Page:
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Making a Case Against Rear-view Investments

Debt is an asset class that offers strategies for almost every interest rate cycle, and it should be part of one's core portfolio, says Lakhshmi Iyer, CIO, Debt, Kotak Mahindra AMC

Debt is an asset class that offers strategies for almost every interest rate cycle, and it should be part of one's core portfolio, says Lakhshmi Iyer, CIO, Debt, Kotak Mahindra AMC.

Making a case against rear-view investments Lakhshmi Iyer, CIO, Debt, Kotak Mahindra AMC

Many investors are focusing on the budget and the equity market at the moment. However, most of them are blissfully unaware that the debt market is also equally poised for a take off. The long term debt schemes have offered double-digit returns in the last year, and they are likely to repeat the feat this year, too. If the RBI starts cutting rate immediately and if its pace surprises the market, investor can hope for windfall gains from income funds. How should investors play the game? Value Research asked Lakshmi Iyer, CIO, Debt & Head of Products, Kotak Mahindra AMC. Excerpts from the interview:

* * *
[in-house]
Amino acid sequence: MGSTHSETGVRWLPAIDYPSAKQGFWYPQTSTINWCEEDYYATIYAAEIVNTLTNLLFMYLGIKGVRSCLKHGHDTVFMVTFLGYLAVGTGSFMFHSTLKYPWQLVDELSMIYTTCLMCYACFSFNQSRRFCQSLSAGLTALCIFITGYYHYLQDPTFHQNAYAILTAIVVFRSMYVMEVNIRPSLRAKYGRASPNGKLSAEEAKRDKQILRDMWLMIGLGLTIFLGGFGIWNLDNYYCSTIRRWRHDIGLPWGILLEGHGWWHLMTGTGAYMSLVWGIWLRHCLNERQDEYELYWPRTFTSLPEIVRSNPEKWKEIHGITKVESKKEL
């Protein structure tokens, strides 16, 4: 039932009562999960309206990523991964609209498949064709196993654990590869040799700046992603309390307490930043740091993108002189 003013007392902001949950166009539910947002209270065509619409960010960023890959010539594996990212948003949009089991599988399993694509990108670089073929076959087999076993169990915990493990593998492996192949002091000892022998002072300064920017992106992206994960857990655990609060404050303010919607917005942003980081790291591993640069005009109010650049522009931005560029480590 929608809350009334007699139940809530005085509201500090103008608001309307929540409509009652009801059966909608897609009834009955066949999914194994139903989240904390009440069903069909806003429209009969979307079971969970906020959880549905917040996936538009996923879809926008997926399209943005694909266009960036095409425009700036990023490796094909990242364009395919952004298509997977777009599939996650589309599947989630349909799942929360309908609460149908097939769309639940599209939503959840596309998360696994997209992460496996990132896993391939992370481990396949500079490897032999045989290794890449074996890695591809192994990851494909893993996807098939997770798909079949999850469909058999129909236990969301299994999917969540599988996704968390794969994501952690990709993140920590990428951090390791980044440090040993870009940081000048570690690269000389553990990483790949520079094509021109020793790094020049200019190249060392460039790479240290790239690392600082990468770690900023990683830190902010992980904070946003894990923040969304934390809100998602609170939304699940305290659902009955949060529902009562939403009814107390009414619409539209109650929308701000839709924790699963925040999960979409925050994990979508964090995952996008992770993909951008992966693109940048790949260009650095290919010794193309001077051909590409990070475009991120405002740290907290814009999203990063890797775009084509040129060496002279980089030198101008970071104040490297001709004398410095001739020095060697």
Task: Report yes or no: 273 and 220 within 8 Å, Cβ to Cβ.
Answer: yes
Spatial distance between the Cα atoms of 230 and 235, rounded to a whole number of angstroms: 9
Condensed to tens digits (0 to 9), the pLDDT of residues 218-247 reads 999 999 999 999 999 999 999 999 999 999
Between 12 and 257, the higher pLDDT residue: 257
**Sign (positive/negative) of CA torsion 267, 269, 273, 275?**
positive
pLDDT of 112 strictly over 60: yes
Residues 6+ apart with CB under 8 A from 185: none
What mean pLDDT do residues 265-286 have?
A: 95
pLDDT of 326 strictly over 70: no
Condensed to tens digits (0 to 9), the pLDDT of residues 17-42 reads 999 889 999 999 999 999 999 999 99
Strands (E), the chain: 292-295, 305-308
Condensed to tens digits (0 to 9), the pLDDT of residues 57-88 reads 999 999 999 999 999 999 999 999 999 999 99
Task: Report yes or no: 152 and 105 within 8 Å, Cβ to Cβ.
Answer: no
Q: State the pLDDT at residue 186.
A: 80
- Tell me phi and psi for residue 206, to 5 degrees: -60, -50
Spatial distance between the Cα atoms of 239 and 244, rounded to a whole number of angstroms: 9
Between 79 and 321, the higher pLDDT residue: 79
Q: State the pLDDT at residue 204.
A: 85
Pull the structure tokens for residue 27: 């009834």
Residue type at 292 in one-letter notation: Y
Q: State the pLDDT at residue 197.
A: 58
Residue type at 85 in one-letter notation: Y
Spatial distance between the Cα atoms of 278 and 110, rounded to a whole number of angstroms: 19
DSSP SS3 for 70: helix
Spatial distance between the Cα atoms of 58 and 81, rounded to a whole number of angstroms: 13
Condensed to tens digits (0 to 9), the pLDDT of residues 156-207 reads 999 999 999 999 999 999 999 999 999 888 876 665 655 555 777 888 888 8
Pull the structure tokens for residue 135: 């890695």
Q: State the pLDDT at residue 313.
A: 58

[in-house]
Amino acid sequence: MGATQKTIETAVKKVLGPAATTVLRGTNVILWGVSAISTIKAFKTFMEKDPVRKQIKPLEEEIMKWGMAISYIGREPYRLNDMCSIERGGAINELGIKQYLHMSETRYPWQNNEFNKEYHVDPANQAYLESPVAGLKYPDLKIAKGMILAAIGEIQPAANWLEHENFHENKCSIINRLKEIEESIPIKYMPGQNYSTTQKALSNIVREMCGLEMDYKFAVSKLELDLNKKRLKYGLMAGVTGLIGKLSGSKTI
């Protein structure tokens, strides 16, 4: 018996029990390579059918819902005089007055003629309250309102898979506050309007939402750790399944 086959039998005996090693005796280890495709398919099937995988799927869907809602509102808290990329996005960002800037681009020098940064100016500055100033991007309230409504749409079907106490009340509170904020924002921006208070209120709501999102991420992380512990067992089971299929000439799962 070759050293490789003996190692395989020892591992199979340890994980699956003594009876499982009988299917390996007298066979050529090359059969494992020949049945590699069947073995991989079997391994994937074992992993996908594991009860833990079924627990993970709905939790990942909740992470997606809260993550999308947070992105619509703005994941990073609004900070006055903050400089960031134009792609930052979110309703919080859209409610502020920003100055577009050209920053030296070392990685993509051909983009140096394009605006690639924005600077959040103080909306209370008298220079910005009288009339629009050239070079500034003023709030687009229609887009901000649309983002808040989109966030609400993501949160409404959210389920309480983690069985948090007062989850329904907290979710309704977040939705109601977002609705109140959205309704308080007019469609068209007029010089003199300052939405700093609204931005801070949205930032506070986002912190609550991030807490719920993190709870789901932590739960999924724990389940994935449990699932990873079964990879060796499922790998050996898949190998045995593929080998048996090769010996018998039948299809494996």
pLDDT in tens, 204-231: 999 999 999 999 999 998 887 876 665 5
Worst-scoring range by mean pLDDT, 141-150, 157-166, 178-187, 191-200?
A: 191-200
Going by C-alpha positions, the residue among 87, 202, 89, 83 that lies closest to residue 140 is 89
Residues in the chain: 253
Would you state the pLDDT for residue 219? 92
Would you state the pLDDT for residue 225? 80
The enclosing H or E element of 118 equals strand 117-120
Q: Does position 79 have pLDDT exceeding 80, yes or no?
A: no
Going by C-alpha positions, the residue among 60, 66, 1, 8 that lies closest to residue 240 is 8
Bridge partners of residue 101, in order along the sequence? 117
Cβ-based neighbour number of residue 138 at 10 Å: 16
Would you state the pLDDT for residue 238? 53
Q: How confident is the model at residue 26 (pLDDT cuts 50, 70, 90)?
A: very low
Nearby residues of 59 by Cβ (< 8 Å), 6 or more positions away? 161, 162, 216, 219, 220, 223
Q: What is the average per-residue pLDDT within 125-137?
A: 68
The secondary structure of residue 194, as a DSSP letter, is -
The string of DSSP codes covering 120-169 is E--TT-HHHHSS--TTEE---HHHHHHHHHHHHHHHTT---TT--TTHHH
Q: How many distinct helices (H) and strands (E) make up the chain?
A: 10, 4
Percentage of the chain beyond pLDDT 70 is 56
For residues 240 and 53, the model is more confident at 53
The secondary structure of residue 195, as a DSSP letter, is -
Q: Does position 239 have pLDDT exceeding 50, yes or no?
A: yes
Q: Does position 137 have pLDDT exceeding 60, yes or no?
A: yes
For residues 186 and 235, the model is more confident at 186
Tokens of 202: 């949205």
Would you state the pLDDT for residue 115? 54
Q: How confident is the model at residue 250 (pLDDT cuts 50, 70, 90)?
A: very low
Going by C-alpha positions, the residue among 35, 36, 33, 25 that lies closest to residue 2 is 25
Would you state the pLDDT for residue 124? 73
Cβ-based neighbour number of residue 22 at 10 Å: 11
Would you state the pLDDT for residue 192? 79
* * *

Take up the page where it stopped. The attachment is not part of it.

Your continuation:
1. Long term debt schemes have offered double-digit returns in the last year. Do you think these schemes will be able to repeat the performance this year?
    Returns in duration are a function of the direction of interest rates. We believe interest rates are headed lower in the coming years, creating a potential for capital gains from long debt schemes. This year, we expect at least 50-75 bps of easing of benchmark rates